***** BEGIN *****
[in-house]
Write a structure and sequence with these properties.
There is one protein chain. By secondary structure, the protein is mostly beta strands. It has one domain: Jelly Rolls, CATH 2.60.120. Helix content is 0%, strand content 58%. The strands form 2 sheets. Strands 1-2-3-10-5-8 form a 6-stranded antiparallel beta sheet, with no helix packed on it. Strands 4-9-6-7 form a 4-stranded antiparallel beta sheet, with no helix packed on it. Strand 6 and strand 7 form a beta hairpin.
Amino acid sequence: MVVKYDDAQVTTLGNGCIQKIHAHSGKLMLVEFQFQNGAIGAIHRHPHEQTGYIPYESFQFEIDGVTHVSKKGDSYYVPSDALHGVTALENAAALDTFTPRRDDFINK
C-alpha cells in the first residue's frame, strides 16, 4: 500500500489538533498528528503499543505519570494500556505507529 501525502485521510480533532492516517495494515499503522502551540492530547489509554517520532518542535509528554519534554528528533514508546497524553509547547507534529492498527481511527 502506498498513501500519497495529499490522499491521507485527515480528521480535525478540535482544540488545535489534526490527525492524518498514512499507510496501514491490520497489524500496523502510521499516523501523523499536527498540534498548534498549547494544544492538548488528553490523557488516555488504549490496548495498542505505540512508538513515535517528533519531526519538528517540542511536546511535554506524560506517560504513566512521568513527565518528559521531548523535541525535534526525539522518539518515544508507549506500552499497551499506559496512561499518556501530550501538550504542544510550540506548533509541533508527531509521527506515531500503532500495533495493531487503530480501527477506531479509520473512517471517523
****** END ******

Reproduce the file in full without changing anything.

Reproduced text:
[in-house]
Write a structure and sequence with these properties.
There is one protein chain. By secondary structure, the protein is mostly beta strands. It has one domain: Jelly Rolls, CATH 2.60.120. Helix content is 0%, strand content 58%. The strands form 2 sheets. Strands 1-2-3-10-5-8 form a 6-stranded antiparallel beta sheet, with no helix packed on it. Strands 4-9-6-7 form a 4-stranded antiparallel beta sheet, with no helix packed on it. Strand 6 and strand 7 form a beta hairpin.
Amino acid sequence: MVVKYDDAQVTTLGNGCIQKIHAHSGKLMLVEFQFQNGAIGAIHRHPHEQTGYIPYESFQFEIDGVTHVSKKGDSYYVPSDALHGVTALENAAALDTFTPRRDDFINK
C-alpha cells in the first residue's frame, strides 16, 4: 500500500489538533498528528503499543505519570494500556505507529 501525502485521510480533532492516517495494515499503522502551540492530547489509554517520532518542535509528554519534554528528533514508546497524553509547547507534529492498527481511527 502506498498513501500519497495529499490522499491521507485527515480528521480535525478540535482544540488545535489534526490527525492524518498514512499507510496501514491490520497489524500496523502510521499516523501523523499536527498540534498548534498549547494544544492538548488528553490523557488516555488504549490496548495498542505505540512508538513515535517528533519531526519538528517540542511536546511535554506524560506517560504513566512521568513527565518528559521531548523535541525535534526525539522518539518515544508507549506500552499497551499506559496512561499518556501530550501538550504542544510550540506548533509541533508527531509521527506515531500503532500495533495493531487503530480501527477506531479509520473512517471517523